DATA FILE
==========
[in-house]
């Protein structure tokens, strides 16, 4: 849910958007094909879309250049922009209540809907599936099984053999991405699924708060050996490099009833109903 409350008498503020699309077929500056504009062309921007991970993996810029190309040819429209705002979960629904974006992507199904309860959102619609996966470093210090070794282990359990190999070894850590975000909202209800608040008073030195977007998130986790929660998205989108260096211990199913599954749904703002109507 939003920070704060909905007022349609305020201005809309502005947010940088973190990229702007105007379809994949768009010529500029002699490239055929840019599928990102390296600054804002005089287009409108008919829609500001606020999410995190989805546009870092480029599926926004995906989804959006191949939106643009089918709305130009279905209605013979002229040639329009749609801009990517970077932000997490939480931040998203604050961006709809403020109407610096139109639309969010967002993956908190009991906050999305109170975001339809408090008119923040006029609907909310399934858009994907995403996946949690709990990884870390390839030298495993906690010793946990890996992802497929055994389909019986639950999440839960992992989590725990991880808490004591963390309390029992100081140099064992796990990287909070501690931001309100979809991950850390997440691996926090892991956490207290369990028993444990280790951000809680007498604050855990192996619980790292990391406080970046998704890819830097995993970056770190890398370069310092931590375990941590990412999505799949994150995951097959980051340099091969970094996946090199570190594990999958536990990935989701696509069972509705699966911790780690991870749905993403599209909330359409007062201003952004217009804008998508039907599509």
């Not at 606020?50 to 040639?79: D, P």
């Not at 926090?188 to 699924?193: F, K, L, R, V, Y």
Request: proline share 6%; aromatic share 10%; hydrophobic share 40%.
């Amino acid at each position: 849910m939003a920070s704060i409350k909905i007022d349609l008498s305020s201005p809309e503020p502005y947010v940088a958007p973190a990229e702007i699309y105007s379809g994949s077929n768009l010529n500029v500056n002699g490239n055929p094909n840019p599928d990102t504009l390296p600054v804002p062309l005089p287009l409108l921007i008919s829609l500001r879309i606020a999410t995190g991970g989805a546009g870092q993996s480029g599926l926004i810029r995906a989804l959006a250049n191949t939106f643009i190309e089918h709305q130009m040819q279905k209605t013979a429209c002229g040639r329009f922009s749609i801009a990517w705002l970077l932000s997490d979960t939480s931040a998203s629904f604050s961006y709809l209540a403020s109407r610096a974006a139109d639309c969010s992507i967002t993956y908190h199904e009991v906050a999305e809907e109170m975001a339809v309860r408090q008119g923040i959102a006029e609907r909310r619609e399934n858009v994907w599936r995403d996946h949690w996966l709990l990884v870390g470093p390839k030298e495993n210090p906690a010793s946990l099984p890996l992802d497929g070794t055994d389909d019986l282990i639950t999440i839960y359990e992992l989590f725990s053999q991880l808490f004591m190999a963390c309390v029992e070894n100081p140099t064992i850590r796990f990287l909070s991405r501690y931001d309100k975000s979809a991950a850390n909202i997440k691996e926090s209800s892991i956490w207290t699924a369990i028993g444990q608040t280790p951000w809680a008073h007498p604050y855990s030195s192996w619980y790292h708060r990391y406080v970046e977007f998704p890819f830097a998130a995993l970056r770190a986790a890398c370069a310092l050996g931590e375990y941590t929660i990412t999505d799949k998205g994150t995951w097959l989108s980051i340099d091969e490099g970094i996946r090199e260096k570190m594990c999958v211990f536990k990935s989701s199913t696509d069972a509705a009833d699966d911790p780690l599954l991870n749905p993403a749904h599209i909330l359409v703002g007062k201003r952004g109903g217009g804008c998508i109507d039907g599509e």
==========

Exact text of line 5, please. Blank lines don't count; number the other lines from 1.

Request: proline share 6%; aromatic share 10%; hydrophobic share 40%.